Aerial Acoustics Model 7B loudspeaker Measurements
The big Aerial's estimated sensitivity was a little lower than specified, at 84.4dB(B)/2.83V/m, probably due to a lack of energy in the low treble. Its plot of impedance magnitude and phase against frequency (fig.1) revealed the 7B to be a moderately demanding load, with a nominal value in the midrange and bass closer to 4 ohms than the specified 6 ohms. The speaker is basically an 8 ohm design in the treble, however. The saddle in the magnitude trace at 25Hz reveals the tuning frequency of the 3"-diameter port.
Fig.1 Aerial 7B, electrical impedance (solid) and phase (dashed). (2 ohms/vertical div.)
Other than one at the tweeter's ultrasonic resonance frequency at 25kHz, the impedance traces are free from wrinkles due to the presence of resonances of various kinds. Examining the panels' vibrational behavior with a simple plastic-tape accelerometer revealed some modes, but these were pushed high in frequency by the bracing. Fig.2, for example, shows a waterfall plot calculated from the accelerometer's output when it was fastened to the cabinet sidewall 12" from the floor. A single mode can be seen at 563Hz, and could be found on all surfaces. However, the fact that it is both high in frequency and low in level means that its subjective effect will be minimal.
Fig.2 Aerial 7B, cumulative spectral-decay plot of accelerometer output fastened to side wall 12" from base. (MLS driving voltage to speaker, 7.55V; measurement bandwidth, 2kHz.)
Fig.3 shows the acoustic crossover on the tweeter axis, spliced to the nearfield responses of the midrange unit, woofers, and port. The port's output is centered as expected on the 25Hz tuning frequency, while the woofers hand over to the midrange unit around 430Hz, with steep crossover slopes. The overall response, averaged across a 30 degrees window on the tweeter axis and spliced to the complex sum of the woofer and port responses, is shown in fig.4. The bass is down 6dB at a low 23Hz, and the speaker's balance is superbly even and flat on this axis. There is a slight negative plateau in the low and mid-trebles compared with the midrange, which could explain the slightly lower sensitivity, and might also contribute to RD's feeling that the speaker sounded a little laid-back. The tweeter's ultrasonic resonance peak is 15dB high, but this is unlikely to be excited using digital sources.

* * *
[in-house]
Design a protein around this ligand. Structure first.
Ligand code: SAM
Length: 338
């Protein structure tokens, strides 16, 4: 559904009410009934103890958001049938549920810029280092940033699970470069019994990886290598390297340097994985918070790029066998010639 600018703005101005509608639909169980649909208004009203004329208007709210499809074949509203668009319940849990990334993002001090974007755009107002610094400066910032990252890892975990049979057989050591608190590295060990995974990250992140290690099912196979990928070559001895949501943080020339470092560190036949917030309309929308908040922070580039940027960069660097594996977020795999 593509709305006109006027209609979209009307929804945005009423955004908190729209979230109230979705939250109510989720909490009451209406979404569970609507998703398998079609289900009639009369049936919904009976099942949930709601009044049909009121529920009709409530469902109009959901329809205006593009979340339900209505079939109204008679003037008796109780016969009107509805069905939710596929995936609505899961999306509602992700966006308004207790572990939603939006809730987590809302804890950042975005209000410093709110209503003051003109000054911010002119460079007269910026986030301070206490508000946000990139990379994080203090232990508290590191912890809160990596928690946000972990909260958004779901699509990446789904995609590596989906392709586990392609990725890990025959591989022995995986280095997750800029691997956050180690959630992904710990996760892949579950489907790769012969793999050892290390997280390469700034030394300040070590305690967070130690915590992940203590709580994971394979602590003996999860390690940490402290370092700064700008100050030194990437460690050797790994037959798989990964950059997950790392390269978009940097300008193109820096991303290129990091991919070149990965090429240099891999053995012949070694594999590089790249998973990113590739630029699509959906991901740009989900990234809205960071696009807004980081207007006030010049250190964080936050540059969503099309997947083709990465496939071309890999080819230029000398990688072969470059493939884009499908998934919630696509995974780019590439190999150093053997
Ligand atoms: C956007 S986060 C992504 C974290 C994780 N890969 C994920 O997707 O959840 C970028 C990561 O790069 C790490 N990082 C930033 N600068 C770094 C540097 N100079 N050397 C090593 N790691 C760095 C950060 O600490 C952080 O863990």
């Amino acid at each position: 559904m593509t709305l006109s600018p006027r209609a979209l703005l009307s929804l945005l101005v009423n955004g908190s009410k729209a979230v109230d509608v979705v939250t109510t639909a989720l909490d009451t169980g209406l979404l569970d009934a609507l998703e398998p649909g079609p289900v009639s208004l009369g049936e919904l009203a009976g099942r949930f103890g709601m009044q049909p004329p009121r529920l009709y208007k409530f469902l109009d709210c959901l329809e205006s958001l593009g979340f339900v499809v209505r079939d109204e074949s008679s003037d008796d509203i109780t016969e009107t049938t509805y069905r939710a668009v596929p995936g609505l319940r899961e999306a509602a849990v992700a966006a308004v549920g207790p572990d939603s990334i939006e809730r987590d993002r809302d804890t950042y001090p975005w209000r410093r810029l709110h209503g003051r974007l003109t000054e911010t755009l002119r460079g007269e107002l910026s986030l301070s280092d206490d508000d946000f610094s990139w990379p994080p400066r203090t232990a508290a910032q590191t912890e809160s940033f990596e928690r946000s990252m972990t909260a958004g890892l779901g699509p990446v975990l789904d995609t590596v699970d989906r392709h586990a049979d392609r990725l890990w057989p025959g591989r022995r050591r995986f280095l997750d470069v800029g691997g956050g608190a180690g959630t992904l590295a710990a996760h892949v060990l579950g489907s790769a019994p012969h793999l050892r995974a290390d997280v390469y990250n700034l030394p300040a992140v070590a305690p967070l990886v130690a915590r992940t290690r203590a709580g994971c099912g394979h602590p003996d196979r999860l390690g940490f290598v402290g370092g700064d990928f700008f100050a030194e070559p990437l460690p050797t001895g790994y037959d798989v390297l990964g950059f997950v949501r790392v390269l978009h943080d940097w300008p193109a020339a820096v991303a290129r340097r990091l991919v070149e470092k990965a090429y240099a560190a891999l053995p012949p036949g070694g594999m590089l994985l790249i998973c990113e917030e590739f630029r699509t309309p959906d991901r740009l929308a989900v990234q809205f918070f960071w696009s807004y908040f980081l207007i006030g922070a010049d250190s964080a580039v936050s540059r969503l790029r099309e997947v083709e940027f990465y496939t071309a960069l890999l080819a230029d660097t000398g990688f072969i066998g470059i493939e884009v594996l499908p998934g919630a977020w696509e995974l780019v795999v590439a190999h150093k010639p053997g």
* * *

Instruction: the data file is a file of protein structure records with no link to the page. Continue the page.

Fig.3 Aerial 7B, acoustic crossover on tweeter axis at 50", corrected for microphone response, with the nearfield and port woofer responses plotted below 300Hz and 700Hz, respectively.
Fig.4 Aerial 7B, anechoic response on tweeter axis at 50", averaged across 30 degrees horizontal window and corrected for microphone response, with the complex sum of the nearfield woofer and port responses plotted below 300Hz.
Fig.5 shows the speaker's lateral dispersion on the tweeter axis. (Just the changes in response are shown, which is why the tweeter-axis curve is a straight line.) There is a slight flare in the bottom of the tweeter's passband, which will work against the on-axis lack of energy in the same region in all but very large rooms, but the dispersion is otherwise superbly well controlled. This undoubtedly contributes to the speaker's excellent imaging. In the vertical plane (fig.6), the response doesn't change significantly over quite a wide range of listener height, which is just as well given the tweeter's 39" distance from the floor, which is a little on the high side.
Fig.5 Aerial 7B, lateral response family at 50", normalized to response on tweeter axis, from back to front: differences in response 90 degrees-5 degrees off-axis, reference response, differences in response 5 degrees-90 degrees off-axis.
Fig.6 Aerial 7B, vertical response family at 50", from back to front: differences in response 15 degrees-5 degrees above HF axis, reference response, differences in response 5 degrees-10 degrees below HF axis.
The step response (fig.7) indicates that all the drive-units are connected with positive acoustic polarity, while the cumulative spectral-decay plot (fig.8) is superbly clean, implying freedom from treble grain and hardness.
Fig.7 Aerial 7B, step response on tweeter axis at 50" (5ms time window, 30kHz bandwidth).
Fig.8 Aerial 7B, cumulative spectral-decay plot at 50" (0.15ms risetime).
All things considered, these measurements indicate a superbly well-engineered loudspeaker. It's no surprise that Bob Deutsch liked its sound so much.—John Atkinson